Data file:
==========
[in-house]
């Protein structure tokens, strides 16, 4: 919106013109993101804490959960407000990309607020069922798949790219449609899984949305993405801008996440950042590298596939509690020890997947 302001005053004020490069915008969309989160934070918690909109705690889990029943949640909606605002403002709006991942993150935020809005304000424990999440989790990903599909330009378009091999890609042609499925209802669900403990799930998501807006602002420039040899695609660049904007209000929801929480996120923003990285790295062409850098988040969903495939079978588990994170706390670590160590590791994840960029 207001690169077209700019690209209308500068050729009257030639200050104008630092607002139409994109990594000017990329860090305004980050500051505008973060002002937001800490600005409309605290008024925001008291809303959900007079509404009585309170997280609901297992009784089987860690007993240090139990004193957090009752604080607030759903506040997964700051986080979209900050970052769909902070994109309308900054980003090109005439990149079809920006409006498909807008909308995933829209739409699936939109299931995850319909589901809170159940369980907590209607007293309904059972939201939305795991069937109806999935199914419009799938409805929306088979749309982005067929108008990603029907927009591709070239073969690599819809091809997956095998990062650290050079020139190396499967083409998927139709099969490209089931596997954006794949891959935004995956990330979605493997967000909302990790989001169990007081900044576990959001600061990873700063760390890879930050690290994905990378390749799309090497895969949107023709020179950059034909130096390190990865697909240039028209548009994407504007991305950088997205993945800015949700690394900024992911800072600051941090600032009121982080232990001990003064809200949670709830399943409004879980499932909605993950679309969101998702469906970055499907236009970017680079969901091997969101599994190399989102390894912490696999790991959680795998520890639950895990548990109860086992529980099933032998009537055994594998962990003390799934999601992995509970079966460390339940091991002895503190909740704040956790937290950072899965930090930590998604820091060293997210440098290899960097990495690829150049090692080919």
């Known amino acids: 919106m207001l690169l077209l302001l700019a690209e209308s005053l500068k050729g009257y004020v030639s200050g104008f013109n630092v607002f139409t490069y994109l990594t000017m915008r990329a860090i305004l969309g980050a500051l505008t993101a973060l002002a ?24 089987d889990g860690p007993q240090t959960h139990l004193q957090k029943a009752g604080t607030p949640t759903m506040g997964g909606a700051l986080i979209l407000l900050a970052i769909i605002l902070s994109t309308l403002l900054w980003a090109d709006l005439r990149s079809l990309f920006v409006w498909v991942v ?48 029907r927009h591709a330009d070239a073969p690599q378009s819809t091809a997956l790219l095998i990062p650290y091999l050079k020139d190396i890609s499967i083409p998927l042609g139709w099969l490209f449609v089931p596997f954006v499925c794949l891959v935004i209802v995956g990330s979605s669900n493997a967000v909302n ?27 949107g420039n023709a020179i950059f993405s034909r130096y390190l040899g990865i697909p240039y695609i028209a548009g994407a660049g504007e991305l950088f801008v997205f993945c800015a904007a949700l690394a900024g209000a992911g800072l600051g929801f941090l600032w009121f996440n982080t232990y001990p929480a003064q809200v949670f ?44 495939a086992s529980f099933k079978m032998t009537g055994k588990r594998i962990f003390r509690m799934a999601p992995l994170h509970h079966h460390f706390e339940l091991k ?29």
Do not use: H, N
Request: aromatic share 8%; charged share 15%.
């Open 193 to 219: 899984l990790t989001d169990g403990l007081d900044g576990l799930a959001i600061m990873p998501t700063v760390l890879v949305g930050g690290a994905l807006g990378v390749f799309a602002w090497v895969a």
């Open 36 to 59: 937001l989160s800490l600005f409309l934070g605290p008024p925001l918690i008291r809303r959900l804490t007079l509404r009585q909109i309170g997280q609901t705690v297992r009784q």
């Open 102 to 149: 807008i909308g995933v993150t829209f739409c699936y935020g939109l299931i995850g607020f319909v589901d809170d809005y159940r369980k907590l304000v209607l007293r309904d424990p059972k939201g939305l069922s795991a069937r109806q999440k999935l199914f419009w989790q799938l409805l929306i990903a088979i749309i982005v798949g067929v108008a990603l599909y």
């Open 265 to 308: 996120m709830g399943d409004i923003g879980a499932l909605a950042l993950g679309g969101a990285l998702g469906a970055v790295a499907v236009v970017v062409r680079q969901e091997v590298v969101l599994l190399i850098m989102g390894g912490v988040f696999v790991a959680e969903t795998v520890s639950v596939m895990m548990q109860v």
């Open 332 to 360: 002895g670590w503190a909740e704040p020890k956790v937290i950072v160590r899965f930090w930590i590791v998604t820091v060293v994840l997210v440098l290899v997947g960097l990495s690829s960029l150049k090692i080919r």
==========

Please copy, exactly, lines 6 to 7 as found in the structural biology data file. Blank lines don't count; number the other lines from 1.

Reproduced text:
């Open 193 to 219: 899984l990790t989001d169990g403990l007081d900044g576990l799930a959001i600061m990873p998501t700063v760390l890879v949305g930050g690290a994905l807006g990378v390749f799309a602002w090497v895969a």
């Open 36 to 59: 937001l989160s800490l600005f409309l934070g605290p008024p925001l918690i008291r809303r959900l804490t007079l509404r009585q909109i309170g997280q609901t705690v297992r009784q």